Sophomore Morgan McCrimmon gets to be one now. "I would describe my character as pleasantly naive. I am preparing for the role of Cinderella by just being myself, seeing as my true personality fits the character of Cinderella," she says.
McCrimmon has been an extra in two of her previous musicals. "Going from an extra to the lead was a huge deal for me personally," she says. "This production of 'Cinderella' is unique, and I couldn't be happier to be part of such a fantastic show."
Senior Tyler Smith, who plays King Maximilian, finds this show "extremely unique. I like that it is very much an ensemble piece that truly thrives on all eight main characters," he says.
It showcases all of the characters in their own way, says senior Carley Kelly, who has the role of Joy, one of the stepsisters.
"I love the people involved in musicals," she says, "and I love being able to transform my world for a few hours while I'm onstage."
Louisa May Alcott probably never anticipated that her words would be put to music. "Little Women" translates very well to the musical stage, Emily King says.
The Leechburg Area director was looking for a show that had a number of female leads. "A colleague had done it a few years back and recommended it. I read it and loved it," she says.
King appreciates that although it was written about family life in the Civil War era, the March family's experiences are the same as ones every family goes through today. "They both deal with separation from a family member, love, loss, marriage and sibling rivalry," King says.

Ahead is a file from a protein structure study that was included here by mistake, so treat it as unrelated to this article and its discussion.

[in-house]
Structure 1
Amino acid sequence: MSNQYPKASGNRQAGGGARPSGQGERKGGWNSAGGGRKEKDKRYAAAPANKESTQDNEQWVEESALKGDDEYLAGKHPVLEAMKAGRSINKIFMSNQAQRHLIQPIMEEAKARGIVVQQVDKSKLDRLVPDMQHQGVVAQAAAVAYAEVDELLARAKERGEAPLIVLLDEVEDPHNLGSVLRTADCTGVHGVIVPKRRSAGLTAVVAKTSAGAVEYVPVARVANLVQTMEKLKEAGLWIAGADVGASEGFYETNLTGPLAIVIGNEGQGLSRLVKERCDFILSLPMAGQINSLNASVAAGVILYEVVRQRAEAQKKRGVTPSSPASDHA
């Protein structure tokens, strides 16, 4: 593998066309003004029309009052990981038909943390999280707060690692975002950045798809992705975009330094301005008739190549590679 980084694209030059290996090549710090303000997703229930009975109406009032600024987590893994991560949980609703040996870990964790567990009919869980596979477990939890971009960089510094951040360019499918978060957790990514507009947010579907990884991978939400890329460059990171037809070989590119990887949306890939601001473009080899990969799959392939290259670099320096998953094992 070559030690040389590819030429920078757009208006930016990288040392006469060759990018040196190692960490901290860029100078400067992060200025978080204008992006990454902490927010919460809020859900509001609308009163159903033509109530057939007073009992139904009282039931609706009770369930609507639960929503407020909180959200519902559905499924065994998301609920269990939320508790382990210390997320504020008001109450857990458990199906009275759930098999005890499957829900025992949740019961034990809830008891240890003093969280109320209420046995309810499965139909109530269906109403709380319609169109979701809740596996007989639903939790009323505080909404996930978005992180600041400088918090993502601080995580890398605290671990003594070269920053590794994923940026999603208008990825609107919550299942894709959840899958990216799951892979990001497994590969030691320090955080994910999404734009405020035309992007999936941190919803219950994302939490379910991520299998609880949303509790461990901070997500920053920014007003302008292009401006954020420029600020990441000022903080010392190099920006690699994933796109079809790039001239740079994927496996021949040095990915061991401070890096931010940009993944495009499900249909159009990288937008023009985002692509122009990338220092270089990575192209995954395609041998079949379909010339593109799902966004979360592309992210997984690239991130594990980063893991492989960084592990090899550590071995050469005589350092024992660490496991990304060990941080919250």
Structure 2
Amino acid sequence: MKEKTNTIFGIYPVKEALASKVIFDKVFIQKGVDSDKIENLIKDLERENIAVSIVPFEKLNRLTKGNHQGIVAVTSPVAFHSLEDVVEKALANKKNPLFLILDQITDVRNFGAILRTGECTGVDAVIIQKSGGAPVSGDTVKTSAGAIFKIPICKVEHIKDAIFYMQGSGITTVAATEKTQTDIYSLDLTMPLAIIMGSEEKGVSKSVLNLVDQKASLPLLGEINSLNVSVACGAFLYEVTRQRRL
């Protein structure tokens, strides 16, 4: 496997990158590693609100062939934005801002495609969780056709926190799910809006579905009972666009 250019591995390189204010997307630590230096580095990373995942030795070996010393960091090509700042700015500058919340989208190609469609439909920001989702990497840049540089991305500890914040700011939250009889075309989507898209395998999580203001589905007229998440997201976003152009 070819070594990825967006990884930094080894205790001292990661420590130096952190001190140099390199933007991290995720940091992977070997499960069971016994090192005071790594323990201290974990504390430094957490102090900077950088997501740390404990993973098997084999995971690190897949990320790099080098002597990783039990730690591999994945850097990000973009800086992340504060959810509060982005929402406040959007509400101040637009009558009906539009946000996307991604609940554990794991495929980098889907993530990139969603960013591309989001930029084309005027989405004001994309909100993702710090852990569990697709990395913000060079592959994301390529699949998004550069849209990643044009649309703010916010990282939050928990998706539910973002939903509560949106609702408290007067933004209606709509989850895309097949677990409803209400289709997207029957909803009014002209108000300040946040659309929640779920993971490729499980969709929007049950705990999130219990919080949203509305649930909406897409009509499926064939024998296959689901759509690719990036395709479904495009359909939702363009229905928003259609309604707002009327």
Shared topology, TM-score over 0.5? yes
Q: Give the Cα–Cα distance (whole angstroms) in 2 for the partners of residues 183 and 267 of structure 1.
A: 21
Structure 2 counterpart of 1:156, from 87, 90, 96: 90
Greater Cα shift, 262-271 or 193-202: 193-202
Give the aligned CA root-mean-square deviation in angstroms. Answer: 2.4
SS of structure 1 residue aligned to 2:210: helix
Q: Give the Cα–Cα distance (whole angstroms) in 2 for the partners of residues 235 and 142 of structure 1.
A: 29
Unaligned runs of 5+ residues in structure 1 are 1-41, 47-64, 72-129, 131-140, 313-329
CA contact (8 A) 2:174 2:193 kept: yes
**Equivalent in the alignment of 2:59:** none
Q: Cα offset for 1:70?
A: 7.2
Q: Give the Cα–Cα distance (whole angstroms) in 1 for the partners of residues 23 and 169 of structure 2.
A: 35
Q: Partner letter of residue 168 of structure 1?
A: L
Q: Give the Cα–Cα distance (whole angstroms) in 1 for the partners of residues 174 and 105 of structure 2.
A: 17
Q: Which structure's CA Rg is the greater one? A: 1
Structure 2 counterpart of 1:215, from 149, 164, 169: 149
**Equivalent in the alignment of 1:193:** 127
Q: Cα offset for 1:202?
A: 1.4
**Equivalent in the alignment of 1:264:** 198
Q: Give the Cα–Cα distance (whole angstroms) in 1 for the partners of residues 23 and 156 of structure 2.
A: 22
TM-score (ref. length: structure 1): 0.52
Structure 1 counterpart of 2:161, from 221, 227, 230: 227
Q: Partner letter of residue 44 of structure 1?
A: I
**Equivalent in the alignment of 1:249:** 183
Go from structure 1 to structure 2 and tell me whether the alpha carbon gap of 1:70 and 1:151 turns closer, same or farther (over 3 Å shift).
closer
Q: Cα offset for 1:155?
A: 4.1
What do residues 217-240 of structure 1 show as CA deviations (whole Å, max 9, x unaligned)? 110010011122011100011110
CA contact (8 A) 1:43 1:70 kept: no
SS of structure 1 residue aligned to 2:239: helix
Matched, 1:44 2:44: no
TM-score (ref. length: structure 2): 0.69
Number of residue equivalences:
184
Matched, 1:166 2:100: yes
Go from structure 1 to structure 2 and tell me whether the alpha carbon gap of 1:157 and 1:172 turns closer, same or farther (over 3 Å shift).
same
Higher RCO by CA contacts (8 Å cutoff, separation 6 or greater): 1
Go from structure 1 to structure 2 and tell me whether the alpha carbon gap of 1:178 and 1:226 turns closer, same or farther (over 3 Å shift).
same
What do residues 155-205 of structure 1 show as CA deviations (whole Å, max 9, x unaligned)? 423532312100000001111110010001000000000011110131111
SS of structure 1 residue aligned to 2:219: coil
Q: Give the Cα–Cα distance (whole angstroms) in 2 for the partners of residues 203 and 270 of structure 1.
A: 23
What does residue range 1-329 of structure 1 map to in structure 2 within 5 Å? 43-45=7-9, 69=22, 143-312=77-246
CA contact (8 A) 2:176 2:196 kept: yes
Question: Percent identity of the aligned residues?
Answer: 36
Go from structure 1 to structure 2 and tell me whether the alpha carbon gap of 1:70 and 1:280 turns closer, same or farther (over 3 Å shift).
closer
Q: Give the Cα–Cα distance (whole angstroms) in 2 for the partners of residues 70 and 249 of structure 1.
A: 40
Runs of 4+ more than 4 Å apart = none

"Little Women," billed as a "timeless tale about the power of family, friendship and romance," follows the adventures of sisters Jo, Meg, Beth and Amy March. "I love that the sisters are about the correct ages for high school students," she says. "That really lets the students connect with their characters. They like that the problems or situations their characters face are and might be problems they face in everyday life."
It is a great family show, "definitely a musical to see," says junior Jessica Smith, who plays heroine Jo, whom Alcott was said to have based on herself. "Jo is very passionate about the books she writes and about her sister," Smith says.
Seventh-grader Anne Sorisio, who plays Beth ("She is very sweet and caring to others") believes those familiar with the story will enjoy it even more with music. "I love the music, singing, playing and dancing," Sorisio says.
Senior Maura Pasko, who plays oldest sister Meg, enjoys the wide range of personalities. "Everyone will be able to relate to at least one of the characters," she says.
"This production is going to be great. It really brings out every emotion," predicts senior Justin Koleny, who has the role of the German professor. "I like that people can connect to the story on some level whether it's love, sadness, failing and trying again, or even jealousy. I like seeing the audience's reaction when something happens and making people laugh and be happy."
Burrell High School
When: 7:30 p.m. March 31; April 1-2
Where: Burrell High School, 1021 Puckety Church Road, Lower Burrell
Admission: $6 and $8
What: "Rat Muldoon"
When: 7 p.m. May 19-20
Where: Penn State, New Kensington, Upper Burrell
Details: 724-274-4846; www.kickstarter.com and search "Rat Muldoon"
Deer Lakes High School
When: 7 p.m. Friday-Saturday; 2 p.m. Sunday
Where: Deer Lakes Senior High School, East Union Road, West Deer
Details: 724-265-5300, ext. 2623
Evangel Heights Christian Academy
What: "Music Man Jr."
When: 7 p.m. May 19-20
Where: Evangel Heights Assembly of God, Buffalo Township
Admission: $8 advance; $10, at door
Ford City High School
What: "Singing in the Rain"
When: 7:30 p.m. April 7-9
Where: Ford City High School, 1100 Fourth Ave., Ford City